Goodwill Edmonton Impact Centre Sustainability Program

By: Goodwill Edmonton Impact Centre

Photography: Hoopla Media

The Goodwill Impact Centre (GIC) is the first of its kind in Western Canada. The GIC opened its doors in 2017 and illustrates how this non-profit organization is taking its commitment to reusing, repurposing, and recycling to another level. Overlooked treasures from their Edmonton region thrift stores are sent to the GIC outlet, where DIYers, bargainistas, and upcyclers pay by the pound or at discounted prices. In 2018, Goodwill Industries of Alberta diverted over 13 million kilograms from local landfills, an increase of 3% in one year.

For over 56 years, Goodwill has created employment and training programs for Albertans with disabilities. The additional space of the Impact Center has enabled the organization to expand its commitment to inclusive employment as it is now able to take on more outsourced business projects and broaden its repurposing activities.

In partnership with the Alberta Reads Network, GIC volunteers clean and inspect surplus children’s books and make them available to marginalized families. Over 1,000 of these books are distributed each month to children in schools in the Edmonton area. The Goodwill Impact Centre also houses the You Can Ride 2 program. This program gives children with coordination challenges access to adapted and modified bicycles so that they can experience the joy of riding a bike.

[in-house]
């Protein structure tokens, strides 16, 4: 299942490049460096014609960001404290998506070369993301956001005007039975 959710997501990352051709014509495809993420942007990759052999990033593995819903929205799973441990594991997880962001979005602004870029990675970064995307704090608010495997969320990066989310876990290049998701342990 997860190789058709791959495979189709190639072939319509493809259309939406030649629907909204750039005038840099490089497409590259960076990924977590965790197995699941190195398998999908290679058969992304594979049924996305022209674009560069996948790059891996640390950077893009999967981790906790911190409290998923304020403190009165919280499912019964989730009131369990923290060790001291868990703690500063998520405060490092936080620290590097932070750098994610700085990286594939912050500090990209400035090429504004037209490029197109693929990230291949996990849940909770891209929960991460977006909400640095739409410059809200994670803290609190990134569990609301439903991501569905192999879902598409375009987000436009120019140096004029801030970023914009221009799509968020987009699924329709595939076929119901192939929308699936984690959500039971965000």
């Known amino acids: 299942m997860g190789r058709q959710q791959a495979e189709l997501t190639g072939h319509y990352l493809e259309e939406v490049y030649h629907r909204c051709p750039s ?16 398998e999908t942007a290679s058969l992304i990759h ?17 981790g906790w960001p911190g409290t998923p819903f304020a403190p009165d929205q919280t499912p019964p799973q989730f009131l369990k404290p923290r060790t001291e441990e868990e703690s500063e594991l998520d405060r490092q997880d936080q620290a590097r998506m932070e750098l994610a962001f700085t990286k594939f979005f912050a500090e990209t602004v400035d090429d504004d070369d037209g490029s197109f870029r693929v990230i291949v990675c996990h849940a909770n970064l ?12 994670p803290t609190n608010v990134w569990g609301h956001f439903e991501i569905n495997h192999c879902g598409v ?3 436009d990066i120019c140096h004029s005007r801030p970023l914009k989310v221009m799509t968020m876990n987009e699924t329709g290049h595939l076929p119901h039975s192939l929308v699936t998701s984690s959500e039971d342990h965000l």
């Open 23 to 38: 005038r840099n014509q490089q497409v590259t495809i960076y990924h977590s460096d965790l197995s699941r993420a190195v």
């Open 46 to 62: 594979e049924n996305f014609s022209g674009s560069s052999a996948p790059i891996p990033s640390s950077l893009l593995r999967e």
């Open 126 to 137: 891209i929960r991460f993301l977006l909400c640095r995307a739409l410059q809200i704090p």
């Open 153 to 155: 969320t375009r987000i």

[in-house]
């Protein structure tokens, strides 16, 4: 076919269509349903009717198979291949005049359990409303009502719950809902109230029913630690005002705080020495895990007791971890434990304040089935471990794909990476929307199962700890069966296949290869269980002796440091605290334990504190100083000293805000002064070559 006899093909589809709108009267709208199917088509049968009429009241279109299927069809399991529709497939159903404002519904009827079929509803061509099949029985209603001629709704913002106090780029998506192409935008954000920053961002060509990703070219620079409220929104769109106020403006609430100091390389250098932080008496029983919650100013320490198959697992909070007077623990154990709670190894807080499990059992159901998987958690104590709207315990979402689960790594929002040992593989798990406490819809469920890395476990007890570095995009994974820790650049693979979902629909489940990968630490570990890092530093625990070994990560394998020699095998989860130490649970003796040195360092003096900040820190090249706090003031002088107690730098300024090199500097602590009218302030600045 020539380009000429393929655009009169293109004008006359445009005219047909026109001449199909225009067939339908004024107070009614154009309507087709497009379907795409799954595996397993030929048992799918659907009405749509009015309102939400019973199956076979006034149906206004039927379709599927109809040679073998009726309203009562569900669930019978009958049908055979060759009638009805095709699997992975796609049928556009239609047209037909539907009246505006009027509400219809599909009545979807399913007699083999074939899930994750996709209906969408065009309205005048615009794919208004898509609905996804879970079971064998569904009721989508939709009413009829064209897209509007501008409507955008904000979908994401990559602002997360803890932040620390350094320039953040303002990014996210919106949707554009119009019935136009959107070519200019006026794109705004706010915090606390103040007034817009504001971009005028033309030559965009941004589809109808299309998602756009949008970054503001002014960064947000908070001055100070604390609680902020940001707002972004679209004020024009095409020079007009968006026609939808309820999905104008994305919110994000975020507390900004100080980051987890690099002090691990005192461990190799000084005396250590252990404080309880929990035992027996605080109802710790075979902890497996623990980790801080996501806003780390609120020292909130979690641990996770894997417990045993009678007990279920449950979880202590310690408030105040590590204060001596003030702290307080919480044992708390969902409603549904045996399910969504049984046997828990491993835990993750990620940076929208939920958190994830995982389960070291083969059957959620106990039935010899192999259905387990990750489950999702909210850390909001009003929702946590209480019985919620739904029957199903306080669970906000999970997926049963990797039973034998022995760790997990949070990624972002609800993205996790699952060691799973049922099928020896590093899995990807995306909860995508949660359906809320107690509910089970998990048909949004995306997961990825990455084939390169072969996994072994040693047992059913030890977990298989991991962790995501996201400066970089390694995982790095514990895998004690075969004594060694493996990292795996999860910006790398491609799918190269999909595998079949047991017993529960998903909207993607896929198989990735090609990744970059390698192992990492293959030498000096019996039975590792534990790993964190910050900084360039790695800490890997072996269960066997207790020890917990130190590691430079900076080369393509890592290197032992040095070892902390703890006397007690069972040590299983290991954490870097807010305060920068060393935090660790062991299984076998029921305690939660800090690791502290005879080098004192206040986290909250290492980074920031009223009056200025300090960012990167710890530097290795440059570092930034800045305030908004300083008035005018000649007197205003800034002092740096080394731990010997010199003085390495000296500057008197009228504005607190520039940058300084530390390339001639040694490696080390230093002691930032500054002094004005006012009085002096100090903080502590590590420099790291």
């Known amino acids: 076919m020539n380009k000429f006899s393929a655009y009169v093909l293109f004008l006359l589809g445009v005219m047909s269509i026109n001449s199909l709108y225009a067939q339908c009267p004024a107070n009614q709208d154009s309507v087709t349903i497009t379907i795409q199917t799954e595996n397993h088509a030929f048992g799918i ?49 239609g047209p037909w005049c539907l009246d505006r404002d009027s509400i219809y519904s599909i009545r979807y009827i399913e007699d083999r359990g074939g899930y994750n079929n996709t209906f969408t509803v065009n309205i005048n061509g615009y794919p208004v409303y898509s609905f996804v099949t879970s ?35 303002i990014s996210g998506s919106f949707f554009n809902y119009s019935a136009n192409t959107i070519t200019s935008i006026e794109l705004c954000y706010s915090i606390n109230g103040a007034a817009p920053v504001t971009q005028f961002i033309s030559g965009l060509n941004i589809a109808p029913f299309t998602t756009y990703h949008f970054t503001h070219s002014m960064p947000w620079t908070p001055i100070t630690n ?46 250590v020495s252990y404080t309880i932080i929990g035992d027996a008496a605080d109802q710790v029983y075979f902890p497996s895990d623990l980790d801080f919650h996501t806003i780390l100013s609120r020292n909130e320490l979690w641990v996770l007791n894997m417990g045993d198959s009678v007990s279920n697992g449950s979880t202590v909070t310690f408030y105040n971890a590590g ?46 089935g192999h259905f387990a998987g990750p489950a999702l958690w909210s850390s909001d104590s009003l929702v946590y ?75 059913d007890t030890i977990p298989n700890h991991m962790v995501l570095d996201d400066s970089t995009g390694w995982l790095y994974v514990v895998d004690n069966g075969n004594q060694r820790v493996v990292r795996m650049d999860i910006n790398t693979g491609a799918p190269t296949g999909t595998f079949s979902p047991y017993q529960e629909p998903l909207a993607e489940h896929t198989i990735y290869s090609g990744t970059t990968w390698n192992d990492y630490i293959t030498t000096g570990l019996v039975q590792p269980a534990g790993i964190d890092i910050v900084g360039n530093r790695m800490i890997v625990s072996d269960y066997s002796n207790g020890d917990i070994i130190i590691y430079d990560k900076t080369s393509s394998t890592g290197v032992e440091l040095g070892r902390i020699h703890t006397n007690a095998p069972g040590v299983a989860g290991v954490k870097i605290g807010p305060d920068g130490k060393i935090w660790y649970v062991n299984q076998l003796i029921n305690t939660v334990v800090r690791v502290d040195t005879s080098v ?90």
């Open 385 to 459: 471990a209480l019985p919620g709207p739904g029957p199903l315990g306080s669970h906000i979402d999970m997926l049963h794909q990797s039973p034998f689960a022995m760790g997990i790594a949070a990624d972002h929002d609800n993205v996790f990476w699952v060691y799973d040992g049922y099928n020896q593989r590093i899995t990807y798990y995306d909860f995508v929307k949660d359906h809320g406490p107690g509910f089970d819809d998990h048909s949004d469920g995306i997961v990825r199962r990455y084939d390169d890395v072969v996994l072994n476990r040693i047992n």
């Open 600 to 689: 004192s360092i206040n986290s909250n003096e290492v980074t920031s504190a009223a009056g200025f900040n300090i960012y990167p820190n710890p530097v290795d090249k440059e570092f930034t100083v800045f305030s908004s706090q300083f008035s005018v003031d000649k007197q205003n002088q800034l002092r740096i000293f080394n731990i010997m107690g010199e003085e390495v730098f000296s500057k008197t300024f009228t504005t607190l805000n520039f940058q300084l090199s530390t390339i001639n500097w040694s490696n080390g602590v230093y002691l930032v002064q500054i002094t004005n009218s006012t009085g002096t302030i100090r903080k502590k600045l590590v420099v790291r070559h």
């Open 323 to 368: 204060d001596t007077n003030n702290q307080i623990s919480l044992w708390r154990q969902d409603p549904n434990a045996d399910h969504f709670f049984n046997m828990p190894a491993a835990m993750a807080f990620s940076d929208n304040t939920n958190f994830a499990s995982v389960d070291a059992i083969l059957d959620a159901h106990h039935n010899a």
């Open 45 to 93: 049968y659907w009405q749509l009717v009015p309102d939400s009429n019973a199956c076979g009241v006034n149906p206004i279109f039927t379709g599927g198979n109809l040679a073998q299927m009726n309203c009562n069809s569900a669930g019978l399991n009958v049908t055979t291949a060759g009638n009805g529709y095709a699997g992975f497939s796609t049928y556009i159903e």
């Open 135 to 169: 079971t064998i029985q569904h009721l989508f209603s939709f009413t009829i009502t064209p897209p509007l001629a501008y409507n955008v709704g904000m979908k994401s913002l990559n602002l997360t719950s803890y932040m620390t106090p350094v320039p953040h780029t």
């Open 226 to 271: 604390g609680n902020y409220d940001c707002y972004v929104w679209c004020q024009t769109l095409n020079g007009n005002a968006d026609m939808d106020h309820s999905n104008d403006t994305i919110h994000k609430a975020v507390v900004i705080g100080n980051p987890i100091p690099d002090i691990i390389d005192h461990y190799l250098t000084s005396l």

Goodwill has centralized all of its garbage disposal operations in the Edmonton region to the Impact Centre, where it can be inspected before it is compacted. A Garbologist conducts audits to ensure that what is going into the bins, and ultimately the landfill, is minimal. In 2018, Goodwill Alberta diverted 81% of what it takes in from the landfill and is aiming to be a zero-waste operation. The GIC building itself has motion sensors, LED lights and low-flow toilets.

When Mortimer Capriles, Goodwill’s Director of Sustainability and Innovation, was asked what it means to be a sustainability role model, he answered, “It represents a bigger challenge to keep reducing our environmental footprint in our beautiful province. We need to keep innovating to find new ways to reuse, repurpose, or recycle items that are not usually diverted from local landfills.”

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